Television started to became popular in the US and Europe in the 1950s (albeit in black and white). Rolls-Royce avoided TV commercials for years, however, preferring more traditional print ads in glossy magazines, if it advertised at all. The brand didn’t cave in to TV commercials until 2009, in fact, when it launched a campaign to promote the Rolls-Royce Ghost.
It is against this conservative backdrop that the luxury car brand’s unveiling of its first social media advertising in China might be judged.
The commercial, which was posted on the company’s Sina Weibo page in late September, shows celebrity couple Lin Han and Lei Wanying test-driving the Rolls-Royce Cullinan, an SUV, around Xinjiang.
The plan was to showcase the car’s “adventurous spirit” but the footage failed to stir the desired response. Instead the reaction focused more on the suitability of the influencer couple, with complaints that their hiring cheapened the high-end image of the Rolls-Royce brand. Thousands of responses queried why Lin and Lei had been chosen to promote the SUV, including people who claimed to own cars from the fabled brand. “Has Rolls-Royce lost its mind?” asked one netizen. “We are not boycotting influencers. But we have a problem with badly-behaved celebrities,” another said.
Even Wang Sicong, the outspoken son of Wanda property tycoon Wang Jianlin and an owner of several Rolls-Royce cars himself, couldn’t resist taking a dig. “Suddenly, I feel that Rolls-Royce is very low. I will not buy it in future,” he responded disdainfully on his own personal weibo.
At first glance, the husband-and- wife duo might have seemed to be a decent choice as ambassadors for the ultra luxury marque, which is owned by BMW. Lei (who goes by the nickname Wan Wan) is well known within art circles and her husband Lin is an entrepreneur from a wealthy family.
“Just looking at their resumes and titles suggests that these two are a classy, elegant couple: rich, cultured and stylish. They are fully in line with the image of Rolls-Royce,” one commentator claimed.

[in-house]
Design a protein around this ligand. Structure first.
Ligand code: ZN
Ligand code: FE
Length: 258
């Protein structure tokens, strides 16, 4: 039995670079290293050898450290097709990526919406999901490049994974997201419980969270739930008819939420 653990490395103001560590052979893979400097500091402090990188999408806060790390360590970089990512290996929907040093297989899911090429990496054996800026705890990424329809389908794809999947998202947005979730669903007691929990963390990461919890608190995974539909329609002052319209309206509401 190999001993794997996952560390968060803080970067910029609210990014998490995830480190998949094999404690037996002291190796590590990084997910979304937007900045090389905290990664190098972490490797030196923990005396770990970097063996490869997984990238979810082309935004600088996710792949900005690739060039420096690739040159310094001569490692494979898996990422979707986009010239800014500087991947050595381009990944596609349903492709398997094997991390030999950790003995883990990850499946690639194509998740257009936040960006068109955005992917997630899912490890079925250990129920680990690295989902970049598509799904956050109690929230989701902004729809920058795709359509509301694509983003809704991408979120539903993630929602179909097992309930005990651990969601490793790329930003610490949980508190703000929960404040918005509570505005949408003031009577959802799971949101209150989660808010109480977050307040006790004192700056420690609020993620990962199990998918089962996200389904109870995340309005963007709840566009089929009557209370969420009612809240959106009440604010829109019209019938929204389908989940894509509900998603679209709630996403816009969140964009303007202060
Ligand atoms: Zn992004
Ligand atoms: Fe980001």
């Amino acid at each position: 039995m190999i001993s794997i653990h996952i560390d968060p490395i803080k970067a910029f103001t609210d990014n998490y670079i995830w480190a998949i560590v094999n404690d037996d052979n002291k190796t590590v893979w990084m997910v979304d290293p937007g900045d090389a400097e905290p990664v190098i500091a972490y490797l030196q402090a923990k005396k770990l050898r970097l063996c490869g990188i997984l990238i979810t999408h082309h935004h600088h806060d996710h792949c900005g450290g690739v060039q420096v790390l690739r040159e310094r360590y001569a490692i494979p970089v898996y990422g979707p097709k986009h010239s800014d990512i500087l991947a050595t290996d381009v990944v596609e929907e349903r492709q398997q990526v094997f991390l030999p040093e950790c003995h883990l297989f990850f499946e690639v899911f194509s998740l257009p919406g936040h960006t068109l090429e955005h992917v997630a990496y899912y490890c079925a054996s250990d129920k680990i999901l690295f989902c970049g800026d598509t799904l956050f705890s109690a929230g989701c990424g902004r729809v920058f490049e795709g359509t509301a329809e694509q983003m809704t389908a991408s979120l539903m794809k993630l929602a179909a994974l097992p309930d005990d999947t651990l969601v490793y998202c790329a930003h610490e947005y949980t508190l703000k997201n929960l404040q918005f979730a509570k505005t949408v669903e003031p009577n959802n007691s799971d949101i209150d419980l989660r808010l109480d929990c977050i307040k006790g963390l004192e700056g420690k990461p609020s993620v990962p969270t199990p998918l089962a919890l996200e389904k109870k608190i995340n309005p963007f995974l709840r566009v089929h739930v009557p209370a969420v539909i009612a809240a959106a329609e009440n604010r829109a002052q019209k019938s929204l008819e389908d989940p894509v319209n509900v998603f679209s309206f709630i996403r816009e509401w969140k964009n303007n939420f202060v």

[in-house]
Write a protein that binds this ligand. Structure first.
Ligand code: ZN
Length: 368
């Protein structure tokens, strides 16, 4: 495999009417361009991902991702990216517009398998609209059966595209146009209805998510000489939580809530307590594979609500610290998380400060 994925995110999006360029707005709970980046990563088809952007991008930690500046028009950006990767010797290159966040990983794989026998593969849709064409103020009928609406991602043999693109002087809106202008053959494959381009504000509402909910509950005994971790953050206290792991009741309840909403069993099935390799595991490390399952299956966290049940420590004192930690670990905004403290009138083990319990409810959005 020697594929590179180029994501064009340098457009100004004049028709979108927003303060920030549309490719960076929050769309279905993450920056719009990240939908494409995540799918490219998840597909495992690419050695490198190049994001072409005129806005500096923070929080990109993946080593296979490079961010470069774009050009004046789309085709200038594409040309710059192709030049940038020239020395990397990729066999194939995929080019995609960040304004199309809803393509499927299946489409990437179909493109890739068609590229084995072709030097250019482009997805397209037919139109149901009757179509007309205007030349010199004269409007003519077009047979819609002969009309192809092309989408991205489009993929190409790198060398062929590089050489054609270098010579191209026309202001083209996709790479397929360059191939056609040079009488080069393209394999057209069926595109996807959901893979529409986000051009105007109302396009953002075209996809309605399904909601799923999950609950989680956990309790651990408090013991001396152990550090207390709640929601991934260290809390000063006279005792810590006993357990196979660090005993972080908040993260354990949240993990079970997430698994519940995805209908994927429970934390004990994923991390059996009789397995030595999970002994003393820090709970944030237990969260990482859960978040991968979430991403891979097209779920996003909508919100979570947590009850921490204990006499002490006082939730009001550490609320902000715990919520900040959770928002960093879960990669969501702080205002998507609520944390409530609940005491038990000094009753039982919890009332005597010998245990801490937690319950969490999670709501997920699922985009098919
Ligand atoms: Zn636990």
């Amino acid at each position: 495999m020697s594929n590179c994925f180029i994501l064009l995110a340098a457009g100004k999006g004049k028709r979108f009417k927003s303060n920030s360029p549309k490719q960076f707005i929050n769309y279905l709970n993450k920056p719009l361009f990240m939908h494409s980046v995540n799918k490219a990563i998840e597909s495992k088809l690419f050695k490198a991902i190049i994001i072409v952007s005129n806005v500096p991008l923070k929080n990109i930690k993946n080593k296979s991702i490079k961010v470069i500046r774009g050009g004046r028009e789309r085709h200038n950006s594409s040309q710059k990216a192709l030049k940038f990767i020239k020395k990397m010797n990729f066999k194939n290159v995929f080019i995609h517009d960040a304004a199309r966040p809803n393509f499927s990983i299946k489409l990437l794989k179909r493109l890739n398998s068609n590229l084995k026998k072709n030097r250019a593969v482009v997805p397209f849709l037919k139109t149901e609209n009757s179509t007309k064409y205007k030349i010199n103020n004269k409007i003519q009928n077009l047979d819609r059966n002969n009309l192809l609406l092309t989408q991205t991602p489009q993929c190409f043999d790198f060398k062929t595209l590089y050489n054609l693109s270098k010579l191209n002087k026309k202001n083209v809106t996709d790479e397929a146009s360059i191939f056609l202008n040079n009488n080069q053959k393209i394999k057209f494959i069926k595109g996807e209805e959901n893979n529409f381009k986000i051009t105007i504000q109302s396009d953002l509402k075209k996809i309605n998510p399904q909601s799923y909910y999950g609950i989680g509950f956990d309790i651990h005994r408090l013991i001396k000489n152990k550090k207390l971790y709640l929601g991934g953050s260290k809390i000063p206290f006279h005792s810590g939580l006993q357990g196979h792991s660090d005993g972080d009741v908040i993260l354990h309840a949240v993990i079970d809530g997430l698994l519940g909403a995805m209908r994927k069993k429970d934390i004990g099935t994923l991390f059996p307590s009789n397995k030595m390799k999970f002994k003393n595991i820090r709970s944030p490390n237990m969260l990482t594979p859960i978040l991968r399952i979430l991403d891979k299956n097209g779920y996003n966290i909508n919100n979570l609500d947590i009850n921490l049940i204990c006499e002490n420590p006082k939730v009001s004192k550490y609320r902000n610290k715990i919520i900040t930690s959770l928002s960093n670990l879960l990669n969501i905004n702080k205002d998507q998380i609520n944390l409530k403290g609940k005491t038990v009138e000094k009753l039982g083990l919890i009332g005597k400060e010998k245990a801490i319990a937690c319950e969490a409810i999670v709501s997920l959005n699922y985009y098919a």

But it doesn’t take too much digging online to see why others saw their hiring as a mistake. Wan Wan first made headline news in 2004 as a 17 year-old model, when she became involved in an affair with contemporary artist Liu Ye, who was 40 at the time and married. Their relationship broke down several years later. Wan Wan then met her now-husband, beginning the life of “an elegant and charitable socialite”, in one blogger’s phrasing.
However, her social media posts have alienated a wide audience. Despite calling herself an animal lover, she has posted multiple pictures in which she wears exotic furs. “How does a person who loves animals wear fur? Does she know how fur coats are made?” one netizen mocked.
In another faux pas when China was struggling to contain the pandemic in early 2020, the two posted pictures of themselves holidaying in an unnamed location. The caption on a weibo posting teased: “How are you doing? Wish we could send you the island’s beautiful sunshine and good food.” This prompted further fury from netizens, who lambasted the couple as insensitive.
After the latest round of online vitriol, Rolls-Royce quickly withdrew the ad and said it would learn from the feedback as a “responsible brand”. “We will work hard to create a better brand experience,” it promised.
“As the world’s leading luxury car brand, Rolls-Royce should really cherish its brand: it alone can generate a lot of topics on social media and bring enormous ‘traffic’. It doesn’t need to try so hard,” a blogger from the car sector advised.
Rolls-Royce owners in China are getting younger. The average age in 2020 was 39, down from about 47 in 2015, TMT Post reports.
© ChinTell Ltd. All rights reserved.
Sponsored by HSBC.
The Week in China website and the weekly magazine publications are owned and maintained by ChinTell Limited, Hong Kong. Neither HSBC nor any member of the HSBC group of companies ("HSBC") endorses the contents and/or is involved in selecting, creating or editing the contents of the Week in China website or the Week in China magazine. The views expressed in these publications are solely the views of ChinTell Limited and do not necessarily reflect the views or investment ideas of HSBC. No responsibility will therefore be assumed by HSBC for the contents of these publications or for the errors or omissions therein.